My Faith Journey Begins
June 2, 2019 – Today is Sunday, so I want to share a little bit about the faith path I have walked. Growing up, my family shared in an interdenominational faith because I grew up in Saudi Arabia where my father worked for ARAMCO. The faith leaders that came to teach were either Protestant, Catholic, or Episcopal. So, Protestant we were. Our minister was occasionally Methodist for a couple of years, then Presbyterian, then …
In 1964, my father took a job in Saudi Arabia. For our family, it was a big adventure leaving the United States and going to a new country. My father was an engineer with Boeing before we set off on our adventure. The risk of layoffs was high. One day, he saw an ad in the newspaper calling for engineers to go to Saudi Arabia for a two-year contract. We stayed for fifteen years. It was the best lifestyle decision he could have made for our family.
Sunday in Saudi Arabia was actually Friday
In Saudi Arabia, the Muslim’s Holy day is Friday. Being culture sensitive, Aramco worked Monday – Wednesday, and took Thursday and Friday off for the weekend. Friday became our Sunday, so to speak.
Every Friday, we had Sunday school classes at the school, then moved to the movie theatre for the church. Our family was Methodist, so we went to the Protestant services. There was Catholic, Episcopal, and later even Mormon service as well. Other than not having a traditional church, there was nothing different about our Protestant Church than any church of the time in the United States other than a nice building and a steeple on top.
In fact, when I look at Lake Nona, Florida, where I live today with many churches being hosted in schools or other community buildings, my church in Saudi Arabia was very much the same with the exception of the high tech “stuff.” When I sit in Bethesda Church, when we meet in the Frizen Center at Pioneer USA, I am extremely comfortable as it takes me back to my church days in Saudi Arabia located in the movie theatre. We never missed a church building for “church is where your heart is, and God fills the movie theatre whenever we are there.”
My influences growing up
We had a wonderful community of families who were wonderful neighbors. They worked together and socialized routinely. There were potlucks, women’s groups, the Shriners, kids’ sports, adult sports, and exceptionally active charitable groups. Our community was multi-cultural and inter-faith, which taught us how to be tolerant, global thinkers. Better yet, we were a humble community. There was never a day when we did not appreciate the land that surrounded our community and the people who invited us as guests in their country.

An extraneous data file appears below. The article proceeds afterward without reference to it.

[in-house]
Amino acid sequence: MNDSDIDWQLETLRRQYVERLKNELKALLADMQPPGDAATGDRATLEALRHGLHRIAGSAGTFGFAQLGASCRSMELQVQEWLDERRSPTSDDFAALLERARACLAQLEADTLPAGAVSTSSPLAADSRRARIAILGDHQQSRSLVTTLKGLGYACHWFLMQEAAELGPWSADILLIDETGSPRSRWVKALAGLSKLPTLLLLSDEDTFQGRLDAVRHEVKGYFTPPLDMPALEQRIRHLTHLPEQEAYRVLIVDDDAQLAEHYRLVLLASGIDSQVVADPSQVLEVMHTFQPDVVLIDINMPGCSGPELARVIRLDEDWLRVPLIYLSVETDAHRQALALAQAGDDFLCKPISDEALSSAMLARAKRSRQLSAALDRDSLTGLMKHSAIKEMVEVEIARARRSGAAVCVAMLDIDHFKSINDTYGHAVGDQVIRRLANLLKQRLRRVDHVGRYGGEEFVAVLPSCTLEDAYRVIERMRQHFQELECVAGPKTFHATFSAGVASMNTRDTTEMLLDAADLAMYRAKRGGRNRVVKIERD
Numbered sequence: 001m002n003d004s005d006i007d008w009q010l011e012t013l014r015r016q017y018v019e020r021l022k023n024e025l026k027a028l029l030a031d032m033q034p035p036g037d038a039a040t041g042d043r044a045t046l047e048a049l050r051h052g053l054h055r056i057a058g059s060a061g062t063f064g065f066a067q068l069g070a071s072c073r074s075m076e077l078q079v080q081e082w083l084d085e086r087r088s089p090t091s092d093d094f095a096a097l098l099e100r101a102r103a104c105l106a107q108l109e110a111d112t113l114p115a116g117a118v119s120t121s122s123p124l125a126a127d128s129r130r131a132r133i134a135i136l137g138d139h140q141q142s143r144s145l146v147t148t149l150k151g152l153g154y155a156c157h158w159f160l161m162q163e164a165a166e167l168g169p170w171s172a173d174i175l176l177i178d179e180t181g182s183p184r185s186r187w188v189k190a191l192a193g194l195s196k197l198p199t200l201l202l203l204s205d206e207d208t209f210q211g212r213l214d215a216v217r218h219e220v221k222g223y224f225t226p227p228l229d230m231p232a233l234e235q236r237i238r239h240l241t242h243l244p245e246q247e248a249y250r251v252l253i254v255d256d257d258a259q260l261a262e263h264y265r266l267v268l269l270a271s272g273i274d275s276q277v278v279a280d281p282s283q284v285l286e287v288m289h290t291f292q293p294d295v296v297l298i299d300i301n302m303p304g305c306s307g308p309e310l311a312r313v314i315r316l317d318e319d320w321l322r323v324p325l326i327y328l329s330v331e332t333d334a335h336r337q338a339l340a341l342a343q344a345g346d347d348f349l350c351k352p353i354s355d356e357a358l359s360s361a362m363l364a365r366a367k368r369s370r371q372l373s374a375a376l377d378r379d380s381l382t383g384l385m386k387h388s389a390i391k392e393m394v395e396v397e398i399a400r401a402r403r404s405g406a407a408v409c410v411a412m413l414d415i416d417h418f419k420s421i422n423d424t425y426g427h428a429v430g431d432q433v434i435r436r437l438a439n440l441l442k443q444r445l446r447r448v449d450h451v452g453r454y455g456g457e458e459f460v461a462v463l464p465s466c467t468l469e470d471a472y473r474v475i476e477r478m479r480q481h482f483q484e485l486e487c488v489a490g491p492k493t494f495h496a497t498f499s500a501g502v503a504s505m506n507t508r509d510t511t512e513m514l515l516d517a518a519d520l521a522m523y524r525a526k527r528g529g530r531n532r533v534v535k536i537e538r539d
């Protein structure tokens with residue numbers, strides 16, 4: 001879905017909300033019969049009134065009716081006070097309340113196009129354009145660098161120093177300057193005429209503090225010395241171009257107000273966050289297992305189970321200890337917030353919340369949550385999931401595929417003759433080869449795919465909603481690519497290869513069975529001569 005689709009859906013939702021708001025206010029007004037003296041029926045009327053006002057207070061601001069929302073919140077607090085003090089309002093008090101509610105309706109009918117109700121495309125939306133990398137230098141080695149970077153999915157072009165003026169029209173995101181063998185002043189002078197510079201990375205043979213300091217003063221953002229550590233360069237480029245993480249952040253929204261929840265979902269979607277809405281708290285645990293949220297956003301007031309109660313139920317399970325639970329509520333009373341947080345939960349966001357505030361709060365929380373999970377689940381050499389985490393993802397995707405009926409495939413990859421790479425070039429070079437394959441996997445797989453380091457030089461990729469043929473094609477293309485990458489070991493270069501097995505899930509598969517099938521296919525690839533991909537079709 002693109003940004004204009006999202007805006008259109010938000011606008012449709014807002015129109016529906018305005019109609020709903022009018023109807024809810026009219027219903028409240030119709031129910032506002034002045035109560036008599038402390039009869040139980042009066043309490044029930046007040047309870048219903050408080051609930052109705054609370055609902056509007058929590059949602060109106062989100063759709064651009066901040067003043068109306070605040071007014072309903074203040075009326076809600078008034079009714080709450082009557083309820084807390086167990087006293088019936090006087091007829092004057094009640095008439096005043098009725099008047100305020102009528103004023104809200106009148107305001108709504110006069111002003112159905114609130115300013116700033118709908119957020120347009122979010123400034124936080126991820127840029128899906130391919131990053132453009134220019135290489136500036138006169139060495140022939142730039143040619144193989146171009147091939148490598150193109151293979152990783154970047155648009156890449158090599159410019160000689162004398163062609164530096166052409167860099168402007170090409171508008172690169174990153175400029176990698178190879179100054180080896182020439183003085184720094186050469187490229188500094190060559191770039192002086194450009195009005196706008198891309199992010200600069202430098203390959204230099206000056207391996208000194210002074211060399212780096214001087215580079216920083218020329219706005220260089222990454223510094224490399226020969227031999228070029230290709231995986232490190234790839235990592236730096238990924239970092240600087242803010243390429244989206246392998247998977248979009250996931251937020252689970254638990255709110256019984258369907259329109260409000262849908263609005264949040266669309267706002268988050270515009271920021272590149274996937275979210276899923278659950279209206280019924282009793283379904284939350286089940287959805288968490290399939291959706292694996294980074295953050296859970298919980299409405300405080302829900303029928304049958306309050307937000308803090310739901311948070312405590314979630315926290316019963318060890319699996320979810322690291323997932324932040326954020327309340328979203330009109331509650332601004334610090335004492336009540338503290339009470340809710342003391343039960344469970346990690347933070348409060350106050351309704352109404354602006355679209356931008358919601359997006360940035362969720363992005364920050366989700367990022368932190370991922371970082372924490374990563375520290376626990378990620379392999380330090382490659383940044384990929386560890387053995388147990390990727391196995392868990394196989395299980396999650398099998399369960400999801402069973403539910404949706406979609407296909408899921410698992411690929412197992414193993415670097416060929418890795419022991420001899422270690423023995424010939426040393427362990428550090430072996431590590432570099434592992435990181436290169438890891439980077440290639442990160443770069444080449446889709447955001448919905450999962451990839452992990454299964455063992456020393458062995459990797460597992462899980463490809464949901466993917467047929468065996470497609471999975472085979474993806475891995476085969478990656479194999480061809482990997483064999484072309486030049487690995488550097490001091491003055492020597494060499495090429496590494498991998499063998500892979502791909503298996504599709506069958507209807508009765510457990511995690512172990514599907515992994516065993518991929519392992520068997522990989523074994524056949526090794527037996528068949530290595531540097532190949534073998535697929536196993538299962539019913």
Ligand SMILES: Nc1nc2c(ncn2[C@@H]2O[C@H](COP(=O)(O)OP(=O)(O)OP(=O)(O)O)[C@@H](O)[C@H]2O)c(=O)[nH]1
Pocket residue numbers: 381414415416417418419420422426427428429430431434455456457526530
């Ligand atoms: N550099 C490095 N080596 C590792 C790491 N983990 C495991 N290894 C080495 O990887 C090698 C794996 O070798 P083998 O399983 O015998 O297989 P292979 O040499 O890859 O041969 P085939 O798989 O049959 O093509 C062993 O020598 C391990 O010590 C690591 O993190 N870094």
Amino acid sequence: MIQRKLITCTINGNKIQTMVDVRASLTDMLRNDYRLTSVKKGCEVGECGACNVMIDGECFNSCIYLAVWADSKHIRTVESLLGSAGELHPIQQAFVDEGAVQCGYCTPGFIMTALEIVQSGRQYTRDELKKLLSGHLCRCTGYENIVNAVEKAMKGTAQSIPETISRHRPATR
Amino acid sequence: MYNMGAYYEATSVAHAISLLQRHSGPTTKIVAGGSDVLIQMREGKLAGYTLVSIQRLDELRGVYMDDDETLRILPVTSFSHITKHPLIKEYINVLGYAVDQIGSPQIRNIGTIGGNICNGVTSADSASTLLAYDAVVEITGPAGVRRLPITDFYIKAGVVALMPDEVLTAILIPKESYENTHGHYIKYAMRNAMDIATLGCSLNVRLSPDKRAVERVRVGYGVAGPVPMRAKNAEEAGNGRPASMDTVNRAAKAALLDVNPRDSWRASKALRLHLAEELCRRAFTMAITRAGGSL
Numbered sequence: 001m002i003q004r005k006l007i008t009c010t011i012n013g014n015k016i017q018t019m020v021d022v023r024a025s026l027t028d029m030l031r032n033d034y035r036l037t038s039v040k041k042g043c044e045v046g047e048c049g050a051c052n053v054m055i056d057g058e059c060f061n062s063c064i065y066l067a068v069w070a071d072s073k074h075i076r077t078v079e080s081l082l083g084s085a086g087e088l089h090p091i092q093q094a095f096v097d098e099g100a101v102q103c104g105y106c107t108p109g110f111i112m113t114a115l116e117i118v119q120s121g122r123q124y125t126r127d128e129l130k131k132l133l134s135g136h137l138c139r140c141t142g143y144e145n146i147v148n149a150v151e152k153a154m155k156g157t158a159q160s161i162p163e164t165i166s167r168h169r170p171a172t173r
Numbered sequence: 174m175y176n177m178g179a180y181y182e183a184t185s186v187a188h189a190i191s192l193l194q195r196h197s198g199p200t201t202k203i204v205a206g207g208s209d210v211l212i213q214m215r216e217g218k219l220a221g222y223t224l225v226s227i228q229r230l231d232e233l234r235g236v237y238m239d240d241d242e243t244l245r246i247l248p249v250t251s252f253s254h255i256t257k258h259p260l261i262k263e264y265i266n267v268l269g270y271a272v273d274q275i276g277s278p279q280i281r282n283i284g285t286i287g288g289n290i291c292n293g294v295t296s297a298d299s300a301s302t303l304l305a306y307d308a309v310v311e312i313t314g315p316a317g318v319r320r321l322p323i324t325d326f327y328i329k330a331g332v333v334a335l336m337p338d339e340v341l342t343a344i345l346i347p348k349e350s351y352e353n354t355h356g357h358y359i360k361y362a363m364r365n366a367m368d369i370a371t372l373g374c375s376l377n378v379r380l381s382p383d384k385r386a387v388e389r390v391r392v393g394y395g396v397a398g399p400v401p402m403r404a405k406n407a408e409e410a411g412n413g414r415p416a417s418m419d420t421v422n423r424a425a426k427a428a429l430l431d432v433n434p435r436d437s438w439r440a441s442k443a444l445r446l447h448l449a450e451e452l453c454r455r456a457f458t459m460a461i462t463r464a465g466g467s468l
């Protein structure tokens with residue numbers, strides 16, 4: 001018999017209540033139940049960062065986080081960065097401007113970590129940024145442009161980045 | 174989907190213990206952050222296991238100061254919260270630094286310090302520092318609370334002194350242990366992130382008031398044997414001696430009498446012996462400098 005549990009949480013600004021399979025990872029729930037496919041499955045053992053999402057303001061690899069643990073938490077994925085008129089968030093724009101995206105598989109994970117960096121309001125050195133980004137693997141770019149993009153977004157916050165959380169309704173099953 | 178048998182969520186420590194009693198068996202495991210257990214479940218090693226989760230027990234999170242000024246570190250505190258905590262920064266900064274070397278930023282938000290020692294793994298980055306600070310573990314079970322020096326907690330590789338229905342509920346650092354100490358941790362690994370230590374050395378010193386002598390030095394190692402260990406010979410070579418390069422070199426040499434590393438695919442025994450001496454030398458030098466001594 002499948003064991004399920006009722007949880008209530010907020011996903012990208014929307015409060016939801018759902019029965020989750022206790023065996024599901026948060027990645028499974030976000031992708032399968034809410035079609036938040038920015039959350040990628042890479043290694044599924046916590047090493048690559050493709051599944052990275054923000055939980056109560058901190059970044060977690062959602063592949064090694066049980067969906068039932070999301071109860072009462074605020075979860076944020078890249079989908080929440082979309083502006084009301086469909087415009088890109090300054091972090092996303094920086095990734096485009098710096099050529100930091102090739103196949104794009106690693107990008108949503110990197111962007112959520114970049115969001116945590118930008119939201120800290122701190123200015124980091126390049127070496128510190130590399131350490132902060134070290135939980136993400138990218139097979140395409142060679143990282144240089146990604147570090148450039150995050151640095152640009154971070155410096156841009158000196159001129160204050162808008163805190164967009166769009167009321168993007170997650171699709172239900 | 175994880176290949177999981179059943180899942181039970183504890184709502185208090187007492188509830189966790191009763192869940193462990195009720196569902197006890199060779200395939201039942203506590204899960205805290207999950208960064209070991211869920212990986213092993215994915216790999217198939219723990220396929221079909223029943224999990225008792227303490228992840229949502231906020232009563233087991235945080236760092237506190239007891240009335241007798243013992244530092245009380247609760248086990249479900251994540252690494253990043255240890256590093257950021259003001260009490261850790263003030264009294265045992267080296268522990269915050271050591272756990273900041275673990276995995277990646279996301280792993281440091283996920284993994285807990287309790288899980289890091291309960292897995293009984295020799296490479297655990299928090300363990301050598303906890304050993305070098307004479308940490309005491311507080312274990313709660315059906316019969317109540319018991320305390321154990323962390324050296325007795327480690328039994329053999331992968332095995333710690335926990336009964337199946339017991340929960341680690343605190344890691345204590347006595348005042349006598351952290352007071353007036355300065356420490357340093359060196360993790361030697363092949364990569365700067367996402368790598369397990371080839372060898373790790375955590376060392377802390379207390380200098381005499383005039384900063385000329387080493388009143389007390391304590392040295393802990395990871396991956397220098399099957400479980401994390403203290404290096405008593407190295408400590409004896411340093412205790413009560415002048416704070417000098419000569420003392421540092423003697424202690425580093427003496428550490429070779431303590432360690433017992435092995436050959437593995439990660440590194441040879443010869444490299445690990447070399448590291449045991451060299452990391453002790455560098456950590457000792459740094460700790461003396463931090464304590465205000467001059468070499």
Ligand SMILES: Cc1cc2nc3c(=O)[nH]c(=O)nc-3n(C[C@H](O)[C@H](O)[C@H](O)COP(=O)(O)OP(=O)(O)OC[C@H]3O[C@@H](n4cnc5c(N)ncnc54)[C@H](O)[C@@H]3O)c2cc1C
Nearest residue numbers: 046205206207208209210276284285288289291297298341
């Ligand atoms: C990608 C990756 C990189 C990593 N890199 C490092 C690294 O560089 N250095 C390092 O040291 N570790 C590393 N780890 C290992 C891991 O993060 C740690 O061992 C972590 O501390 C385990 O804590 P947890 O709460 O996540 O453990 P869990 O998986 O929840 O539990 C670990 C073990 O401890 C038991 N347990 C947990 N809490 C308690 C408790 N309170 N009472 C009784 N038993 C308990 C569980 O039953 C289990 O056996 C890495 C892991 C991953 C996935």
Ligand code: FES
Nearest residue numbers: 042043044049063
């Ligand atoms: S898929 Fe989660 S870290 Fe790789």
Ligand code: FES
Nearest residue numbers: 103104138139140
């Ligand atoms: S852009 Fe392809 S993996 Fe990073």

When I was growing up, I was told in one form or another, we must “love one another.” “Finally, all of you, be like-minded, be sympathetic, love one another, be compassionate and humble. (1 Peter 3:8 NIV).
It was easy to recognize there were many in Saudi Arabia and the surrounding region that were poor, needy, and tired. There were efforts to support like Palestinian refugee children in Lebanon, and we often gave a little coin to the children as we got off the bus to go shopping in the local town of al-Khobar.
We traveled the world on vacations and saw the beauty of countries like Africa, Pakistan, Nepal, India, and Thailand. But we also saw the extreme; the horrific poverty, starvation, and people with no hope in their eyes. All the while, we were so fortunate to have so much. I wondered why there was so much disparity in the world.
My view today
Today in the United States, there is a lot of disparity. For me, living in Lake Nona (Orlando), Florida, I still see so much inequality, indifference, and inconsistency. There are poverty, starvation, and people with no hope in their eyes in our backyard and just around our corner. I am glad that I found Bethesda Church as I believe the Episcopal Church has the same humble philosophy that I do. Father Nick, who is the leader at Bethesda Church in Lake Nona, asked about a month ago, “Are we a humble community?” He asked an exceptionally good question.
The path I want to walk
My goal is to be a humble leader in the Lake Nona Community. I hope I can live up to that goal by helping to envision a plan for a new church building that the Episcopal Diocese will be interested in; one that will serve the community as well as the church. We hope to form community alliances to make our church a humble place that serves. “Being humble means possessing a better capacity to form cooperative alliances — a crucial component in strengthening connections.”
“The humble can always ask for help, and they do not insist on everything being done their way. Some people might see being humble as a sign of weakness. However, a humble person is patient and does not get frustrated with the weaknesses of others” (Galatians 6:2).